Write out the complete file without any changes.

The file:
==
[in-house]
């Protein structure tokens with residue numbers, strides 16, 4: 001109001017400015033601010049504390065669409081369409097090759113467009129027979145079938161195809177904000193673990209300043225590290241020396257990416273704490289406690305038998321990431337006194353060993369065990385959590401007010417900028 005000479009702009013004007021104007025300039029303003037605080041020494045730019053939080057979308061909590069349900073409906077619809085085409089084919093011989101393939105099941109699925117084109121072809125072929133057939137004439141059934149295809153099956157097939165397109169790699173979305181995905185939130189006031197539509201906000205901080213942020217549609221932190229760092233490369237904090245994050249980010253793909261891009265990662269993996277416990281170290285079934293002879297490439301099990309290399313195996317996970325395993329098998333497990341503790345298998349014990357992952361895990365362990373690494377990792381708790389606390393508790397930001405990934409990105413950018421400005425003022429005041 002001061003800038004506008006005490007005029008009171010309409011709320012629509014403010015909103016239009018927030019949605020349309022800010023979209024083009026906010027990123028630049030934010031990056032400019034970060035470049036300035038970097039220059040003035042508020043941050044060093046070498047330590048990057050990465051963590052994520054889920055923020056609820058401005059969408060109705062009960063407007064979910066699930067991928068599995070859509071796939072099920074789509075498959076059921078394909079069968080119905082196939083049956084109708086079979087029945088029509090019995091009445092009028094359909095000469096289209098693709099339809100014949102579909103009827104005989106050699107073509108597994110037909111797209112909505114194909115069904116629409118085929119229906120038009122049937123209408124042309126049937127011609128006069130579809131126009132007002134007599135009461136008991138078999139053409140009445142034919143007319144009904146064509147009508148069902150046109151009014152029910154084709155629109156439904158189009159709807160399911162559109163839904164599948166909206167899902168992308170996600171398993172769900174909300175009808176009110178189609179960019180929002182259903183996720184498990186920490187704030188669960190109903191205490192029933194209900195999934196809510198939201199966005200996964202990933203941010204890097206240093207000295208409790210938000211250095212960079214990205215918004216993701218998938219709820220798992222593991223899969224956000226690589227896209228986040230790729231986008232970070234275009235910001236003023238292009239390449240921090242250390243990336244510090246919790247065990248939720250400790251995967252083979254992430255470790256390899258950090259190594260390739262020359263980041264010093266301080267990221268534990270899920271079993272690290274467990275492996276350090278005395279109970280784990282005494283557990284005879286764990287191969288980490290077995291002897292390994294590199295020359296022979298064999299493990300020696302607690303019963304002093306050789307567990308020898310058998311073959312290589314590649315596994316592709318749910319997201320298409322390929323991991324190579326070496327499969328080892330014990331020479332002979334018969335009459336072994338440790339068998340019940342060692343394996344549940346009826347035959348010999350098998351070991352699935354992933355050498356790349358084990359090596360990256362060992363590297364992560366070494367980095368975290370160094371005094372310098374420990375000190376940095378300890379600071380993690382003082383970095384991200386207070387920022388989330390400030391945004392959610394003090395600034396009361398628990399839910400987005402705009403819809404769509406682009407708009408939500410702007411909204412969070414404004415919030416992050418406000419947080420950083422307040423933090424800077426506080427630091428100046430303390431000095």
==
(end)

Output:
[in-house]
């Protein structure tokens with residue numbers, strides 16, 4: 001109001017400015033601010049504390065669409081369409097090759113467009129027979145079938161195809177904000193673990209300043225590290241020396257990416273704490289406690305038998321990431337006194353060993369065990385959590401007010417900028 005000479009702009013004007021104007025300039029303003037605080041020494045730019053939080057979308061909590069349900073409906077619809085085409089084919093011989101393939105099941109699925117084109121072809125072929133057939137004439141059934149295809153099956157097939165397109169790699173979305181995905185939130189006031197539509201906000205901080213942020217549609221932190229760092233490369237904090245994050249980010253793909261891009265990662269993996277416990281170290285079934293002879297490439301099990309290399313195996317996970325395993329098998333497990341503790345298998349014990357992952361895990365362990373690494377990792381708790389606390393508790397930001405990934409990105413950018421400005425003022429005041 002001061003800038004506008006005490007005029008009171010309409011709320012629509014403010015909103016239009018927030019949605020349309022800010023979209024083009026906010027990123028630049030934010031990056032400019034970060035470049036300035038970097039220059040003035042508020043941050044060093046070498047330590048990057050990465051963590052994520054889920055923020056609820058401005059969408060109705062009960063407007064979910066699930067991928068599995070859509071796939072099920074789509075498959076059921078394909079069968080119905082196939083049956084109708086079979087029945088029509090019995091009445092009028094359909095000469096289209098693709099339809100014949102579909103009827104005989106050699107073509108597994110037909111797209112909505114194909115069904116629409118085929119229906120038009122049937123209408124042309126049937127011609128006069130579809131126009132007002134007599135009461136008991138078999139053409140009445142034919143007319144009904146064509147009508148069902150046109151009014152029910154084709155629109156439904158189009159709807160399911162559109163839904164599948166909206167899902168992308170996600171398993172769900174909300175009808176009110178189609179960019180929002182259903183996720184498990186920490187704030188669960190109903191205490192029933194209900195999934196809510198939201199966005200996964202990933203941010204890097206240093207000295208409790210938000211250095212960079214990205215918004216993701218998938219709820220798992222593991223899969224956000226690589227896209228986040230790729231986008232970070234275009235910001236003023238292009239390449240921090242250390243990336244510090246919790247065990248939720250400790251995967252083979254992430255470790256390899258950090259190594260390739262020359263980041264010093266301080267990221268534990270899920271079993272690290274467990275492996276350090278005395279109970280784990282005494283557990284005879286764990287191969288980490290077995291002897292390994294590199295020359296022979298064999299493990300020696302607690303019963304002093306050789307567990308020898310058998311073959312290589314590649315596994316592709318749910319997201320298409322390929323991991324190579326070496327499969328080892330014990331020479332002979334018969335009459336072994338440790339068998340019940342060692343394996344549940346009826347035959348010999350098998351070991352699935354992933355050498356790349358084990359090596360990256362060992363590297364992560366070494367980095368975290370160094371005094372310098374420990375000190376940095378300890379600071380993690382003082383970095384991200386207070387920022388989330390400030391945004392959610394003090395600034396009361398628990399839910400987005402705009403819809404769509406682009407708009408939500410702007411909204412969070414404004415919030416992050418406000419947080420950083422307040423933090424800077426506080427630091428100046430303390431000095």